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  • 2003
  • Afterlife Central (Upper Mental Plane, Causal Body)

Afterlife Central (Upper Mental Plane, Causal Body)

AC 229: November 4, 2003 (Boston)

I awoke from this adventure in consciousness at 2:20 A.M. In thinking about it  I heard a voice in my head say, "Allegory of Identity," which I guess should be the title of the experience. It appears to answer a question that my friend Alan posed to me when we had dinner together about ten days ago. He was wondering whether there was some level of consciousness or identity between the ego and the purely nonphysical soul. He was struggling with the idea that the soul was learning while incarnated in a physical body, yet seemed to know more than the ego--enough actually to guide the latter. His question had to do with whether we become the soul after death or maintain an ego-based identity.

I've been reading a lot about Gnosticism and Buddhist cosmology lately, and that too seems to play a role in the following adventure. In particular, I've been intrigued by an idea that I read about in a book called Buddhist Cosmology: Philosophy and Origins, by Akira Sadakata, a Japanese professor who has had access to many Buddhist texts that are largely unknown in the western world.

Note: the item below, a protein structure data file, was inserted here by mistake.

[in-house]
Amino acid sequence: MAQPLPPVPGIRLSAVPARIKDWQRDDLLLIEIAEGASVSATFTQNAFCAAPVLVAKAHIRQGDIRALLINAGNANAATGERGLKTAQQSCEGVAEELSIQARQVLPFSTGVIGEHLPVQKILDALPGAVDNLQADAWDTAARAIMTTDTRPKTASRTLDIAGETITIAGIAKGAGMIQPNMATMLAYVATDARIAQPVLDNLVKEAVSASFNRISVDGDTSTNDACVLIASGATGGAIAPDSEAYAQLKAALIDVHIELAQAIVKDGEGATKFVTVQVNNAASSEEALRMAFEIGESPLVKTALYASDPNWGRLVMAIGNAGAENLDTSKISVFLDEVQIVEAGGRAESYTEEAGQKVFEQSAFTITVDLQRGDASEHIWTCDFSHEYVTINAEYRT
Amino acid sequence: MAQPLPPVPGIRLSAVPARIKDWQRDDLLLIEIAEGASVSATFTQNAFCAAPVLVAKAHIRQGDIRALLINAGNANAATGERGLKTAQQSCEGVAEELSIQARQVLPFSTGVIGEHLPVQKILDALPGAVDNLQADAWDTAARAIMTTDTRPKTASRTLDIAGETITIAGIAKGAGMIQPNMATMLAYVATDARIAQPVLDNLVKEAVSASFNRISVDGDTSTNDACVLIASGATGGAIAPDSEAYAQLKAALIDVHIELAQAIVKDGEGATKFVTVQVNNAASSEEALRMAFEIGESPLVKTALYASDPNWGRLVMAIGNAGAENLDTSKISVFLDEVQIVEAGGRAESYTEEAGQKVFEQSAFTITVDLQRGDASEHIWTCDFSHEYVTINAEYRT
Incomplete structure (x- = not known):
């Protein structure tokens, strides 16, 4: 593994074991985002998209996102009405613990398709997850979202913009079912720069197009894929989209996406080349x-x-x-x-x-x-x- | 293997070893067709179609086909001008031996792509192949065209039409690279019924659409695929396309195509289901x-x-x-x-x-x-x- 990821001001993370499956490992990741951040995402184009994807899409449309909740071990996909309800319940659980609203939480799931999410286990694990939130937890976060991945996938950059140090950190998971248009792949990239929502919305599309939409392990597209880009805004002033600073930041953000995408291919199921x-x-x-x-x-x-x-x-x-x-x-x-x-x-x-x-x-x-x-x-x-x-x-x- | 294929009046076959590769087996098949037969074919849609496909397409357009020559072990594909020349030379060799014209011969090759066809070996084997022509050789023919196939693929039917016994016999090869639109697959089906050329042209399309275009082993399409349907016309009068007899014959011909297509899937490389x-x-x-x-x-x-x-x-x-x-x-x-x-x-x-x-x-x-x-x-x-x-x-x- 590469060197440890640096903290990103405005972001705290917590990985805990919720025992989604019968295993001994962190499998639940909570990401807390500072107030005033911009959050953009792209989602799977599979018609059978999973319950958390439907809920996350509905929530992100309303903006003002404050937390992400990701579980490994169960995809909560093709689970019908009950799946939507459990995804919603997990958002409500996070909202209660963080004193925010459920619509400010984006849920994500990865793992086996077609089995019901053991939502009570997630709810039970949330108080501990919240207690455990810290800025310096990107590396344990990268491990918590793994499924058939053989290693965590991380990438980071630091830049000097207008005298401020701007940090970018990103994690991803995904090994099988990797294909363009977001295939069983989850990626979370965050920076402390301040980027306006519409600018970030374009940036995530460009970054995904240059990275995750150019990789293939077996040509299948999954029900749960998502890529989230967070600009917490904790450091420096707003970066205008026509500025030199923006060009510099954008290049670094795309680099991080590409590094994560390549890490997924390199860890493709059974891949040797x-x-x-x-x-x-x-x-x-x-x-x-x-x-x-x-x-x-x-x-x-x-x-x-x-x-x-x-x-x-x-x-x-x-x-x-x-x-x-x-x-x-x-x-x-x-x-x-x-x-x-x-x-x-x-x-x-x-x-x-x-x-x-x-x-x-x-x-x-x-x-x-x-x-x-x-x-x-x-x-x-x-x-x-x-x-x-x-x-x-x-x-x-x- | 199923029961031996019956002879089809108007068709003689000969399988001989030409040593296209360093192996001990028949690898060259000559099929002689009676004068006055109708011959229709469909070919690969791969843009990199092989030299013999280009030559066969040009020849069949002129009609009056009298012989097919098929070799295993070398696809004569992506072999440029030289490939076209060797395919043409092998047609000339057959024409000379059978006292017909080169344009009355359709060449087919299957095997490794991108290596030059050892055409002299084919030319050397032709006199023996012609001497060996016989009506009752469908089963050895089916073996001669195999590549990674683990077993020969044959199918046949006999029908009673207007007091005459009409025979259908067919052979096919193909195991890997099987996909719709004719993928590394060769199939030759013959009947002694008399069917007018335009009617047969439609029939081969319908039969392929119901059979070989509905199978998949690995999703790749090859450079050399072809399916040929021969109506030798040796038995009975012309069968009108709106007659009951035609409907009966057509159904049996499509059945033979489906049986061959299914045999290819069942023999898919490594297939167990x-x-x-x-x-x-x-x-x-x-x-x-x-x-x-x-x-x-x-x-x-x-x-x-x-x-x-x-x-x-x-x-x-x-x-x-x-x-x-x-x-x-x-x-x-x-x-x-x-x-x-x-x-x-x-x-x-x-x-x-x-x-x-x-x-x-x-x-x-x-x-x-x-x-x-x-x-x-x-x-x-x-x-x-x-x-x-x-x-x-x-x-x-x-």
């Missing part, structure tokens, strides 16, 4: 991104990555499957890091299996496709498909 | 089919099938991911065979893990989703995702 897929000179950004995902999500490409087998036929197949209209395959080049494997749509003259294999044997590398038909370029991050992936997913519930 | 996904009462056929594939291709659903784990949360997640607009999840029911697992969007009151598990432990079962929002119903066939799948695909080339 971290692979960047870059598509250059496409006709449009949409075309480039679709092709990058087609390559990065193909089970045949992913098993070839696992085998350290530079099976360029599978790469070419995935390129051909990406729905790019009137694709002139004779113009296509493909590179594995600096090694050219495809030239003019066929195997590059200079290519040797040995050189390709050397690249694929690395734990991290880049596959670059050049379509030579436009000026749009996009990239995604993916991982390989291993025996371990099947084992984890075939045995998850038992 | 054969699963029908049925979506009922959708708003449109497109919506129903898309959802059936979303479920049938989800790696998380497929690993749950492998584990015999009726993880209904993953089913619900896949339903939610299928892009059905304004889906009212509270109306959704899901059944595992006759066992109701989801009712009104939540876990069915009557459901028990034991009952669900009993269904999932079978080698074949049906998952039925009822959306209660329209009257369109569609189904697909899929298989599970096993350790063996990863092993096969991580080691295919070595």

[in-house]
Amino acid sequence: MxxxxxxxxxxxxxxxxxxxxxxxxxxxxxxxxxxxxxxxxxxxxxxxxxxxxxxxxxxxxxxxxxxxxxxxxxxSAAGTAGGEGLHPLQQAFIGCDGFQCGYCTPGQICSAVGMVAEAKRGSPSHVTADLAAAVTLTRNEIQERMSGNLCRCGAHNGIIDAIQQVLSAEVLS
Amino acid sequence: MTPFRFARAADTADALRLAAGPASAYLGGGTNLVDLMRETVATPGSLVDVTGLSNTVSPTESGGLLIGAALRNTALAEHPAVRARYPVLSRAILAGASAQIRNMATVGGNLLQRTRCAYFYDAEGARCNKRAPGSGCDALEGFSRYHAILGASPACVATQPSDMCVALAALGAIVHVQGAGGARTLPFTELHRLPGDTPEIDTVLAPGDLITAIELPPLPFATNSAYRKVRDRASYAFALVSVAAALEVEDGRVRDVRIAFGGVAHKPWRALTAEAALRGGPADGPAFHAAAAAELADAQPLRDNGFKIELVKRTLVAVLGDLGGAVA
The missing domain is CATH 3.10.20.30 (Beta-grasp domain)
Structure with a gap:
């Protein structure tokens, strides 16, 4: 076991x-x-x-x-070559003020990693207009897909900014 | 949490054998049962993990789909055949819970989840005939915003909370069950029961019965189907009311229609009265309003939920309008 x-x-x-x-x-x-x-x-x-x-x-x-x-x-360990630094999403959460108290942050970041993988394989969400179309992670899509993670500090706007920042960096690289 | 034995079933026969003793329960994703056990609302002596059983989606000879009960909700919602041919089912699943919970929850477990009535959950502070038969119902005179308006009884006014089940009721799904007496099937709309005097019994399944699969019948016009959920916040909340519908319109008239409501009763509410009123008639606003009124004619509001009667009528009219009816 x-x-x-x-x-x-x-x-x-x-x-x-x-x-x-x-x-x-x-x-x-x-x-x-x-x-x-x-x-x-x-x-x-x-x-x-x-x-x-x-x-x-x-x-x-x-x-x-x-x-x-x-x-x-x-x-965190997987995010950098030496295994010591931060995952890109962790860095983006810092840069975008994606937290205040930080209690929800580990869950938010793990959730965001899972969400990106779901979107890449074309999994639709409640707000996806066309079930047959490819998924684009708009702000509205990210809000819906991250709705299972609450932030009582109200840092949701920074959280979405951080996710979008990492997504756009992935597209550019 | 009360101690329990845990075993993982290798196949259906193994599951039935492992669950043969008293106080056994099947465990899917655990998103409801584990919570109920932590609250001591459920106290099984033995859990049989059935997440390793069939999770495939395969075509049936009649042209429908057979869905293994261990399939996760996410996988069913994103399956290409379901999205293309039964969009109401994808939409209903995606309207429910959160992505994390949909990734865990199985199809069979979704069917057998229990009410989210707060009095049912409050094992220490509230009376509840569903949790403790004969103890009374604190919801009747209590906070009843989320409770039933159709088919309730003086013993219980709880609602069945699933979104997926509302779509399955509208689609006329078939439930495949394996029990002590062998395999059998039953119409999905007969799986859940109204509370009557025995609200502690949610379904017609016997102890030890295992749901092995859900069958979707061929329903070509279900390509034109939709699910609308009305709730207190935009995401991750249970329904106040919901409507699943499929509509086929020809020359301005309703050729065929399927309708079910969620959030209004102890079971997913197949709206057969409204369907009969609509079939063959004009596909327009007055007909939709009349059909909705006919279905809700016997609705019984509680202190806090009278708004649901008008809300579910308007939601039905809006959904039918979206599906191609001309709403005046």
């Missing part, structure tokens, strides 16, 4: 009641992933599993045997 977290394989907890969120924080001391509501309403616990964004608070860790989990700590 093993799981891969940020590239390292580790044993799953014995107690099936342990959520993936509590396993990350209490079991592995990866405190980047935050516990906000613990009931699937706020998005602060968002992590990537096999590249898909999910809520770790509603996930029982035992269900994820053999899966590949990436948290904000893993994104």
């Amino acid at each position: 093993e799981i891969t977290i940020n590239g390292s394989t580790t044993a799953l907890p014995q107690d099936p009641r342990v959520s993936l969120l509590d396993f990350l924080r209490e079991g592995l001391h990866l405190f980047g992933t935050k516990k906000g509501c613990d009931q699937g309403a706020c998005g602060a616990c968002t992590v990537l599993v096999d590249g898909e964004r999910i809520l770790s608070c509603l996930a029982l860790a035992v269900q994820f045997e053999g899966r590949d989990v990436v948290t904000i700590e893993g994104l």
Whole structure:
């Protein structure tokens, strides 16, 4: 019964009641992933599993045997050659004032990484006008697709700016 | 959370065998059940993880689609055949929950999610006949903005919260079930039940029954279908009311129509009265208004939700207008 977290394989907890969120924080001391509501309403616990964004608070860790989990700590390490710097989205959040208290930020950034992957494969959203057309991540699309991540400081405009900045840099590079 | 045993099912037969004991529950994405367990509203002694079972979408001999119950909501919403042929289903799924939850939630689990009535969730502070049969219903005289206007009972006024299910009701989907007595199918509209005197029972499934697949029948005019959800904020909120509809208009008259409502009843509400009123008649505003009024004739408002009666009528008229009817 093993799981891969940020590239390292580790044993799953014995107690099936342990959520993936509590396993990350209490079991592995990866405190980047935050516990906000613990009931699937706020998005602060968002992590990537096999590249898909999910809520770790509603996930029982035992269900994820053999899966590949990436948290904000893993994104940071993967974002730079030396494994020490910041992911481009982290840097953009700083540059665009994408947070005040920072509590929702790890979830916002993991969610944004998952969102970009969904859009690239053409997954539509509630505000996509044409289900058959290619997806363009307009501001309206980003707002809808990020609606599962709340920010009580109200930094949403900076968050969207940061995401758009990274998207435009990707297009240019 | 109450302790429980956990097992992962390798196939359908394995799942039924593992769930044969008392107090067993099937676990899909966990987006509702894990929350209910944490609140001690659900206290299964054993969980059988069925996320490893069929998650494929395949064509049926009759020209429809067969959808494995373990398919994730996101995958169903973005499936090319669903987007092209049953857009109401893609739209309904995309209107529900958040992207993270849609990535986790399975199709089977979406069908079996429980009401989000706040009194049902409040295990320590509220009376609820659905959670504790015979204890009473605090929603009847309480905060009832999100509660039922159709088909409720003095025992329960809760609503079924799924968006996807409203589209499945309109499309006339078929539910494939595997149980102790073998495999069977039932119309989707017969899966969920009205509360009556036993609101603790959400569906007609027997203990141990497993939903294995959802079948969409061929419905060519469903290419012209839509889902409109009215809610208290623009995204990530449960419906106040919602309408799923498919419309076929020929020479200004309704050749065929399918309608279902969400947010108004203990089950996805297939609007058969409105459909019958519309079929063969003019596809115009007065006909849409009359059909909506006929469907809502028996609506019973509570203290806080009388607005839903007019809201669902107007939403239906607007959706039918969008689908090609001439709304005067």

One of these texts is the Flower Garland Sutra (Avatamsaka-sutra), the original of which dates back to the third or fourth centuries C.E. This Sutra contains a chapter that describes the topography of the universe in terms of a lotus flower. This depiction of the universe is called the "Lotus Repository World." (See pages 144-151.)

The petals of the lotus represent "Great Encircling Mountains." The center of the lotus is a flat land full of "jeweled trees and sweet-smelling grass" (the stamens). There are also "fragrant oceans" of nectar in which the seeds (or fruits) of the lotus form, in receptacles below the surface of the flower. Each of these receptacles, which are infinite in number, holds a single seed/fruit. Each seed/fruit is a system of worlds, in twenty layers, with each layer itself containing countless worlds. Our world appears as the thirteenth layer of the world system in the central fragrant ocean of the Lotus Repository World.